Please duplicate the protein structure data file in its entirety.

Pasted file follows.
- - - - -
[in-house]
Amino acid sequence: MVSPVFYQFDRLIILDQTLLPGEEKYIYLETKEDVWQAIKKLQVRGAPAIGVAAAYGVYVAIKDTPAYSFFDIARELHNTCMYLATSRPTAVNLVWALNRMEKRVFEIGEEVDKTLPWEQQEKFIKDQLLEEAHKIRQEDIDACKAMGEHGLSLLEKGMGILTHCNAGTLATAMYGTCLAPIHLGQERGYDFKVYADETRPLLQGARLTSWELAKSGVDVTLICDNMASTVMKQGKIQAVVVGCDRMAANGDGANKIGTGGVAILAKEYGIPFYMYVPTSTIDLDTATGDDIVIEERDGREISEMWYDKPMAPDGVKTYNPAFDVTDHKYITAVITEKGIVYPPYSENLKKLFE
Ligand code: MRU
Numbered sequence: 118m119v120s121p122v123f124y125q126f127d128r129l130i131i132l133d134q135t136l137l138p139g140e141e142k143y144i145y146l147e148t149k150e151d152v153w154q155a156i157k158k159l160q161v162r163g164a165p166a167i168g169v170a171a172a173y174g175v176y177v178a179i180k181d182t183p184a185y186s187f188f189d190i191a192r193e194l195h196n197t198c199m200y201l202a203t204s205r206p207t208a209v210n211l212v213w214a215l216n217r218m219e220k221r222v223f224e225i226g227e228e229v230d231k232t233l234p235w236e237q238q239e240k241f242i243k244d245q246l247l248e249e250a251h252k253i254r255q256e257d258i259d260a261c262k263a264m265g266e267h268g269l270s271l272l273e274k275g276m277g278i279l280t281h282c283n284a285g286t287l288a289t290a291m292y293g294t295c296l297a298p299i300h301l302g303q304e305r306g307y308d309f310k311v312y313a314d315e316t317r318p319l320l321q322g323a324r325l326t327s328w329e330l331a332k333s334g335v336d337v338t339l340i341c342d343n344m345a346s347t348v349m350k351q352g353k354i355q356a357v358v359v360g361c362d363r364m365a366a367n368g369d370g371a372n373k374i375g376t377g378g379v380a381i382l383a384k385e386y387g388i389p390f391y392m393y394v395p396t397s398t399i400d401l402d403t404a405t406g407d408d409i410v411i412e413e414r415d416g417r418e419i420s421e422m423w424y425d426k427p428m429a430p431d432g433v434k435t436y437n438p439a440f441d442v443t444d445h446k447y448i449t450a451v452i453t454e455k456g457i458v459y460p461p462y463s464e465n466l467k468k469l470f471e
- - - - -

[in-house]
Amino acid sequence: MVSPVFYQFDRLIILDQTLLPGEEKYIYLETKEDVWQAIKKLQVRGAPAIGVAAAYGVYVAIKDTPAYSFFDIARELHNTCMYLATSRPTAVNLVWALNRMEKRVFEIGEEVDKTLPWEQQEKFIKDQLLEEAHKIRQEDIDACKAMGEHGLSLLEKGMGILTHCNAGTLATAMYGTCLAPIHLGQERGYDFKVYADETRPLLQGARLTSWELAKSGVDVTLICDNMASTVMKQGKIQAVVVGCDRMAANGDGANKIGTGGVAILAKEYGIPFYMYVPTSTIDLDTATGDDIVIEERDGREISEMWYDKPMAPDGVKTYNPAFDVTDHKYITAVITEKGIVYPPYSENLKKLFE
Ligand code: MRU
Numbered sequence: 118m119v120s121p122v123f124y125q126f127d128r129l130i131i132l133d134q135t136l137l138p139g140e141e142k143y144i145y146l147e148t149k150e151d152v153w154q155a156i157k158k159l160q161v162r163g164a165p166a167i168g169v170a171a172a173y174g175v176y177v178a179i180k181d182t183p184a185y186s187f188f189d190i191a192r193e194l195h196n197t198c199m200y201l202a203t204s205r206p207t208a209v210n211l212v213w214a215l216n217r218m219e220k221r222v223f224e225i226g227e228e229v230d231k232t233l234p235w236e237q238q239e240k241f242i243k244d245q246l247l248e249e250a251h252k253i254r255q256e257d258i259d260a261c262k263a264m265g266e267h268g269l270s271l272l273e274k275g276m277g278i279l280t281h282c283n284a285g286t287l288a289t290a291m292y293g294t295c296l297a298p299i300h301l302g303q304e305r306g307y308d309f310k311v312y313a314d315e316t317r318p319l320l321q322g323a324r325l326t327s328w329e330l331a332k333s334g335v336d337v338t339l340i341c342d343n344m345a346s347t348v349m350k351q352g353k354i355q356a357v358v359v360g361c362d363r364m365a366a367n368g369d370g371a372n373k374i375g376t377g378g379v380a381i382l383a384k385e386y387g388i389p390f391y392m393y394v395p396t397s398t399i400d401l402d403t404a405t406g407d408d409i410v411i412e413e414r415d416g417r418e419i420s421e422m423w424y425d426k427p428m429a430p431d432g433v434k435t436y437n438p439a440f441d442v443t444d445h446k447y448i449t450a451v452i453t454e455k456g457i458v459y460p461p462y463s464e465n466l467k468k469l470f471e